Ranky Tanky brings Gullah charm to the KNKX studios
Some of the earliest music of America, created by the enslaved Africans and their descendants along the country’s southeastern coast, is getting a fresh makeover by the young musicians of Ranky Tanky. They performed four songs from their hit second album, Good Time, to a loving studio audience here at KNKX that we’re proud to share with you.
Charleton Singleton, who plays trumpet and also sings with Ranky Tanky, grew up in the Gullah culture around Charleston, South Carolina. He heard the traditional songs, always performed without instruments, sang by his grandfather as a child. He never imagined reworking the songs with his jazz musician friends.
That’s where guitarist Clay Ross comes in. He first saw Singleton and Ranky Tanky’s future drummer Quentin Baxter playing the Gullah classic, “Wade in the Water,” and was instantly charmed. When he suggested to the band that they could further explore this folk music in a jazz setting, Singleton just laughed.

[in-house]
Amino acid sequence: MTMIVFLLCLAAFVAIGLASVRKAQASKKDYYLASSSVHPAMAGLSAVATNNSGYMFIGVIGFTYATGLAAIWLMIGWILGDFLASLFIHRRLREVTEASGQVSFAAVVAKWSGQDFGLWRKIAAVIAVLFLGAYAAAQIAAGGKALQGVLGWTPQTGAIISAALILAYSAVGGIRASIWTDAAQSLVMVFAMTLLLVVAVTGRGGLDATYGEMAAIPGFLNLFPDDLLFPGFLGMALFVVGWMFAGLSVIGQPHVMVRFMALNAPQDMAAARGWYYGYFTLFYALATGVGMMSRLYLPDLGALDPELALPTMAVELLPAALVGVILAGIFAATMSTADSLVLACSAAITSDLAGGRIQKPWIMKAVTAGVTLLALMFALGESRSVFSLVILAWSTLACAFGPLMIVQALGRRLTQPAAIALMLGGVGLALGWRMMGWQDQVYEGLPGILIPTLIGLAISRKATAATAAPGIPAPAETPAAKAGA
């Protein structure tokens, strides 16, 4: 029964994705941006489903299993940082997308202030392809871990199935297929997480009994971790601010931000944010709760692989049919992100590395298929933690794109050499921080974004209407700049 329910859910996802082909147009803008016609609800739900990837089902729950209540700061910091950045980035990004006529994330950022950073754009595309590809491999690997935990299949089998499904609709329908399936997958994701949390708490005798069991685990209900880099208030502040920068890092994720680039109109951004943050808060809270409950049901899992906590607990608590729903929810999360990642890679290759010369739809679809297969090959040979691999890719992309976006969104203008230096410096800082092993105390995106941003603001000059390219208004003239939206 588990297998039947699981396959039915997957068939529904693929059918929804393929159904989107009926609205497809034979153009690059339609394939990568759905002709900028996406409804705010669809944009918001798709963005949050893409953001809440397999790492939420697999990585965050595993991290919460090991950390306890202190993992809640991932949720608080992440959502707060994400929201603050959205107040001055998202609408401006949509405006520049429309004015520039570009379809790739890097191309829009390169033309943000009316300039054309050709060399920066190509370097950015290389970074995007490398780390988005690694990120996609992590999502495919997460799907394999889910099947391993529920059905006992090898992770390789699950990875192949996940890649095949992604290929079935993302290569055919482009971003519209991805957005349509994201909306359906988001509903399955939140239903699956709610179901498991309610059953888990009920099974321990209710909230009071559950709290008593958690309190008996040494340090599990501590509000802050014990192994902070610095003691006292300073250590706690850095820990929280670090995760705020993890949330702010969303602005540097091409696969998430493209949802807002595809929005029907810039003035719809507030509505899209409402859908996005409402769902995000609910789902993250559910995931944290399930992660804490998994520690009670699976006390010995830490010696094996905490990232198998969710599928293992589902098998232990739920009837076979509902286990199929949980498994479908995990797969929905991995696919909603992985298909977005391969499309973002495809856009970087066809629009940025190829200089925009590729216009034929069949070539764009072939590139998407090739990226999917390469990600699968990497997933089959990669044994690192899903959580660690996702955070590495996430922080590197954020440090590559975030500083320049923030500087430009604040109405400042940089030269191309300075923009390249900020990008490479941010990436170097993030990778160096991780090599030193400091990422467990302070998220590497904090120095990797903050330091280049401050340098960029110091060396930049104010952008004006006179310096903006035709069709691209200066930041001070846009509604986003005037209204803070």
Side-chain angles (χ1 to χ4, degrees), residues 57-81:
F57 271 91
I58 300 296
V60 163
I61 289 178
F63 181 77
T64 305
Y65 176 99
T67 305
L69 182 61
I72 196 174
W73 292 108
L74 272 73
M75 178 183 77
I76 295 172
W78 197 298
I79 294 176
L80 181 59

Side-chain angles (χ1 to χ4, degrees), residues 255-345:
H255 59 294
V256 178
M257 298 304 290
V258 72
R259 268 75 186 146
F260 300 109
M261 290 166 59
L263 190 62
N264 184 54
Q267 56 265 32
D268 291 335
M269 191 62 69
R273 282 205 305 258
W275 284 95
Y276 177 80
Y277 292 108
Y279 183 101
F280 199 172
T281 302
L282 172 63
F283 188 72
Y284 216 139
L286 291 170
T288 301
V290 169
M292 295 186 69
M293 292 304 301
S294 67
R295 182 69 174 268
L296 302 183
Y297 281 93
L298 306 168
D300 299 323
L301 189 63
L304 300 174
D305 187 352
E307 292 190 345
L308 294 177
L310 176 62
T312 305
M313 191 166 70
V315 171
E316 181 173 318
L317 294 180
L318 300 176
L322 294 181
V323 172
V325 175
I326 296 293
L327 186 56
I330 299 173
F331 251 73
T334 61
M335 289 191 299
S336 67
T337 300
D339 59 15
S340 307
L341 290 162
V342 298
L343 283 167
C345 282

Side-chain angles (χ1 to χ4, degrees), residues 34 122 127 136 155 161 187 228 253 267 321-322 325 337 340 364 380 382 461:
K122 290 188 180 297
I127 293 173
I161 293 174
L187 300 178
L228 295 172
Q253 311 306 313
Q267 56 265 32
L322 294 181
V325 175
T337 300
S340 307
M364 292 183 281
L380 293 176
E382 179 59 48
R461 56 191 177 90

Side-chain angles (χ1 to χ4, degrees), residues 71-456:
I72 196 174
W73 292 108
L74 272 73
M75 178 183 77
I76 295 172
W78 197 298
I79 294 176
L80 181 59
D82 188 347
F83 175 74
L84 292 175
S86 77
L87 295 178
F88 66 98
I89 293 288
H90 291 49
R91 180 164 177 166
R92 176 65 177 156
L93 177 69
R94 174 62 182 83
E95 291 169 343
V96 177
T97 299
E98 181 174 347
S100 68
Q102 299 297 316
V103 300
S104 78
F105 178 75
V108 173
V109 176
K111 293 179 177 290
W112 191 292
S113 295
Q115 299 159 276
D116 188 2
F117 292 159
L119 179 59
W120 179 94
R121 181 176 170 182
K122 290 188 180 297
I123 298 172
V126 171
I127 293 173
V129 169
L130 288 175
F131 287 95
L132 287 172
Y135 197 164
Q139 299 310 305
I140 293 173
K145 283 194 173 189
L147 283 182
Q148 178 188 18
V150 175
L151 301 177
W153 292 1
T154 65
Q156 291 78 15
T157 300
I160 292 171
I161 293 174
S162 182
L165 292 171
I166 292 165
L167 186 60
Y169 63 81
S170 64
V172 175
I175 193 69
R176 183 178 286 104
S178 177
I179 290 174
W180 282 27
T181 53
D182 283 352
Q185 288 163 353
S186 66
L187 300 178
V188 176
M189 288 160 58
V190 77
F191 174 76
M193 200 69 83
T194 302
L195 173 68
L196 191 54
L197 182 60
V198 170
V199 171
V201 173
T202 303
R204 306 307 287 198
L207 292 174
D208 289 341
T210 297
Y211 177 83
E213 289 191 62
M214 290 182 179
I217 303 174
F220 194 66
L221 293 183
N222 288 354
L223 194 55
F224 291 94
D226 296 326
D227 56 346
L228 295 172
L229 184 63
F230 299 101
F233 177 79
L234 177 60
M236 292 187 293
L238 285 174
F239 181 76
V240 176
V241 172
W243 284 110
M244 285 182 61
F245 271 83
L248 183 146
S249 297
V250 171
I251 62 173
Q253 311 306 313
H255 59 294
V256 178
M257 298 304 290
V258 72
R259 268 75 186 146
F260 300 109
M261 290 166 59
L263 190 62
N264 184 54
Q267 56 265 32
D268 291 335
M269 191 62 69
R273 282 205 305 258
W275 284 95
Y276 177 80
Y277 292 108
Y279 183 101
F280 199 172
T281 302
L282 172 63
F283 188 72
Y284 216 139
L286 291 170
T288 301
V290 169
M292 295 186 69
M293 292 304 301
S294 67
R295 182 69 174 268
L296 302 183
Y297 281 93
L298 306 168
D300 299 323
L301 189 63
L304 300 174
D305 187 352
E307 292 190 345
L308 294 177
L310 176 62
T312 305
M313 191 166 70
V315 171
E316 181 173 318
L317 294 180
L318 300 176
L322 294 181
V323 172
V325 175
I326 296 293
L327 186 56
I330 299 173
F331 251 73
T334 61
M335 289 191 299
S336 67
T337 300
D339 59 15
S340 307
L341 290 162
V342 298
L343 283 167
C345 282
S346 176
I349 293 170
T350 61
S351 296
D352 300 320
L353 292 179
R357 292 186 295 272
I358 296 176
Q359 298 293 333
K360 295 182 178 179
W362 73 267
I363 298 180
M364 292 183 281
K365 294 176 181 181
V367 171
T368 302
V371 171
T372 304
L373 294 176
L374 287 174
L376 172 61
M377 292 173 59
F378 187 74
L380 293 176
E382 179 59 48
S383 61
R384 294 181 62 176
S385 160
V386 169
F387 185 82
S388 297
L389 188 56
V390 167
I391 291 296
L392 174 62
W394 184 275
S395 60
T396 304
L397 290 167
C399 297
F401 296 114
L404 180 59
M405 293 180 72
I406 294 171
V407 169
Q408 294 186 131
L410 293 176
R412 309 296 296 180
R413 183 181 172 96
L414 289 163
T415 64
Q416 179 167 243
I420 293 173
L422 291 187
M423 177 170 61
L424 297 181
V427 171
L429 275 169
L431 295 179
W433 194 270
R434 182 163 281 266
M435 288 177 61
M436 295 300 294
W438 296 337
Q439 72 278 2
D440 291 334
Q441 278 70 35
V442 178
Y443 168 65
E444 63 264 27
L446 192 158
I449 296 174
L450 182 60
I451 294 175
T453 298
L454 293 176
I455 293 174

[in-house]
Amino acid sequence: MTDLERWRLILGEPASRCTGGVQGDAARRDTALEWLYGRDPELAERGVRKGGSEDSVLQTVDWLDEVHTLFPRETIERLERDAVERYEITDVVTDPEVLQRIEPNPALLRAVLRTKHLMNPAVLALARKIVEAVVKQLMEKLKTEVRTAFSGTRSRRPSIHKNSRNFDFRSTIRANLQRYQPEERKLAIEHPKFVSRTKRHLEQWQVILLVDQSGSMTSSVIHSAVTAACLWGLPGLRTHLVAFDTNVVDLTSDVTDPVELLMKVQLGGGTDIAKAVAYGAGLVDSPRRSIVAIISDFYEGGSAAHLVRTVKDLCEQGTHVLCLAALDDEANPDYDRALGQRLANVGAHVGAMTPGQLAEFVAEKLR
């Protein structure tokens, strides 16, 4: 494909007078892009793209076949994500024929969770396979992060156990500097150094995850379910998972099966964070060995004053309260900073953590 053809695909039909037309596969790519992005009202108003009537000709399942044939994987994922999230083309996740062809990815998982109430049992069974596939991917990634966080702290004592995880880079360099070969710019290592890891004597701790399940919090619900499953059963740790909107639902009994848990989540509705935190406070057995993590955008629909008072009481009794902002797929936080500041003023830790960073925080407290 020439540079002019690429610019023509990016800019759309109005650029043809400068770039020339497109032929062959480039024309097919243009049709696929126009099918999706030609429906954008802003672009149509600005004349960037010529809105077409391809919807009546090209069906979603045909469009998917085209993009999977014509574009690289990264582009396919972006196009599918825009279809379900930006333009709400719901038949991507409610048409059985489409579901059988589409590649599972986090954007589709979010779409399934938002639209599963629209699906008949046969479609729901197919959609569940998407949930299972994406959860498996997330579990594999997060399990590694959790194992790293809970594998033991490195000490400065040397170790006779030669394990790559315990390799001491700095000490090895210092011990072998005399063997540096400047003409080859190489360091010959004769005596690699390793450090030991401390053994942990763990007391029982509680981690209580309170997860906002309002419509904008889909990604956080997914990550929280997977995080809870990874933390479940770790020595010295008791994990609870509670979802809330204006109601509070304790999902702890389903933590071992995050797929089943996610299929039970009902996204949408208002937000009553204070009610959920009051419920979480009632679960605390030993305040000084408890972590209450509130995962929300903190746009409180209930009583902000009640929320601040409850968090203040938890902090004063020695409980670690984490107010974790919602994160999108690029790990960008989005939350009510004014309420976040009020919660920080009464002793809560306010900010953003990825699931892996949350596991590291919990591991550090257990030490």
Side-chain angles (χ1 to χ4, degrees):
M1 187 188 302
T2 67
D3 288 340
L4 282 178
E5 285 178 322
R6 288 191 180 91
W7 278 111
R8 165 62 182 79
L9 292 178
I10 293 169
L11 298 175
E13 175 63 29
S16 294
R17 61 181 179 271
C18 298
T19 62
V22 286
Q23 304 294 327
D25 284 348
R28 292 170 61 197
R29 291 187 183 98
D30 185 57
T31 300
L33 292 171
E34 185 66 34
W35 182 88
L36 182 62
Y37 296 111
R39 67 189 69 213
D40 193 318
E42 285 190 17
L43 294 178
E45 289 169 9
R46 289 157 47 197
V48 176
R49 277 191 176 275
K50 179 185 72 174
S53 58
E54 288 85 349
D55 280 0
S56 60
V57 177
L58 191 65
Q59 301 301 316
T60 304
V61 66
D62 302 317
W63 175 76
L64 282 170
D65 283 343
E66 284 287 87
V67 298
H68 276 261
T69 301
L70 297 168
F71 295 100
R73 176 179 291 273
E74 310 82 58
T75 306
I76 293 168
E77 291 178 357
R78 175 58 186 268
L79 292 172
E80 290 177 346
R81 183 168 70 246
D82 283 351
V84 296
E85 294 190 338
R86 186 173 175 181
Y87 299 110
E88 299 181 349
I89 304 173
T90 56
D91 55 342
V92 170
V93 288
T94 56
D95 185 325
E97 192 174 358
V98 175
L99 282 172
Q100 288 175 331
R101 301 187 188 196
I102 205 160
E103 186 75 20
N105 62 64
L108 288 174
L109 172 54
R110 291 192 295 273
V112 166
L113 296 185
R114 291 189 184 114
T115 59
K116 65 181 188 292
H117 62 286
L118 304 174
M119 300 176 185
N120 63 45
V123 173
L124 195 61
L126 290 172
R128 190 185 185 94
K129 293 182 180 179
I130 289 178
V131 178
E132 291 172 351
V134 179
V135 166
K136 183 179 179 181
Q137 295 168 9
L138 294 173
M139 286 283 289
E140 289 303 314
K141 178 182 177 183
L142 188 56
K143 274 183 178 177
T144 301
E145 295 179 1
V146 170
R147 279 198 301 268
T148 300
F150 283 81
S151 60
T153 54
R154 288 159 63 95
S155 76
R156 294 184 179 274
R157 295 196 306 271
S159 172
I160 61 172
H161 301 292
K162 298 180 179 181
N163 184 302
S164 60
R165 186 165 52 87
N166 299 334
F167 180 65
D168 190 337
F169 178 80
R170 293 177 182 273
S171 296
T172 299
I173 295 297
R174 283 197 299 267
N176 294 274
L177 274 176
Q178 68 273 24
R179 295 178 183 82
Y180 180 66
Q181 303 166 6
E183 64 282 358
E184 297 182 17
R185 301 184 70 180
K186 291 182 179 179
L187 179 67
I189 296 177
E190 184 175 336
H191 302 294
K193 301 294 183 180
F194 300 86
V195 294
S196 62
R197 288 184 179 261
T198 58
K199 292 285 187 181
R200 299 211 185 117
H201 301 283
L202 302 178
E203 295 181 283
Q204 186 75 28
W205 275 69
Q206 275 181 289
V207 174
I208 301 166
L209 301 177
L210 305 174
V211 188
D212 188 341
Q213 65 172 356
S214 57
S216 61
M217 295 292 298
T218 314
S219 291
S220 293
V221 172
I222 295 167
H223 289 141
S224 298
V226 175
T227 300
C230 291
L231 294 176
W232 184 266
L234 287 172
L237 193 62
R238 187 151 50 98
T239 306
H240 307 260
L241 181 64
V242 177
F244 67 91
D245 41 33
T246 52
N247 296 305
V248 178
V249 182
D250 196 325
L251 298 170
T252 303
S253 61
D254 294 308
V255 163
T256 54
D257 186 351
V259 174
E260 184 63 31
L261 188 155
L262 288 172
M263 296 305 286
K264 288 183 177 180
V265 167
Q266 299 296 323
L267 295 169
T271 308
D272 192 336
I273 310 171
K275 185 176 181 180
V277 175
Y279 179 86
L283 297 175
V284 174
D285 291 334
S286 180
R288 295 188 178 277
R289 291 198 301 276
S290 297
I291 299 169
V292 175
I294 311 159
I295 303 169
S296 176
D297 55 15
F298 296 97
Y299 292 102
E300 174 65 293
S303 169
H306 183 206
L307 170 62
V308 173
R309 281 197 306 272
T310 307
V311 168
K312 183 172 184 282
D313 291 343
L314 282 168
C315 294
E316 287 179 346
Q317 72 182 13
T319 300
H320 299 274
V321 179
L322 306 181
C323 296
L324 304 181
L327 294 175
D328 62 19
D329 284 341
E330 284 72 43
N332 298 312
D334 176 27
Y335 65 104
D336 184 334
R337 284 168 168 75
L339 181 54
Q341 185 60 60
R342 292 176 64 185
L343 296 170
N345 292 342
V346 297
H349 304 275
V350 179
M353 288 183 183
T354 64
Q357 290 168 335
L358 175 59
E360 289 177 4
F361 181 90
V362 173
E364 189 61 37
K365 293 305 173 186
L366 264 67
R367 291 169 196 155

The music is lively, soulful, authentic and deeply emotional. It’s also music of the common man, often drawing on children’s games and songs of the church. Adding instrumentation — trumpet, guitar, bass and drums — wasn’t really done.
Singer Quiana Parler was familiar with this music as a young girl in church, but also studied with an opera singer and provides a powerful voice that elevates everything Ranky Tanky does.
Together, with bassist Kevin Hamilton, Ranky Tanky makes music that moves you. It’s vividly emotional, sometimes somber. A tune like “O, Death” from their debut album can bring you to tears, as the band themselves can attest.
Their sophomore album, Good Time, carries a more joyful spirit throughout — as the name suggests. It also includes the band’s first original songs written in the Gullah style. They shared both of them, “Stand By Me” and “Freedom,” with our studio session audience. Also including the new album’s title song and a tune of “love and compassion” called “Beat 'Em Down,” KNKX was honored to welcome Ranky Tanky as they continue to carry this American music with them around the world.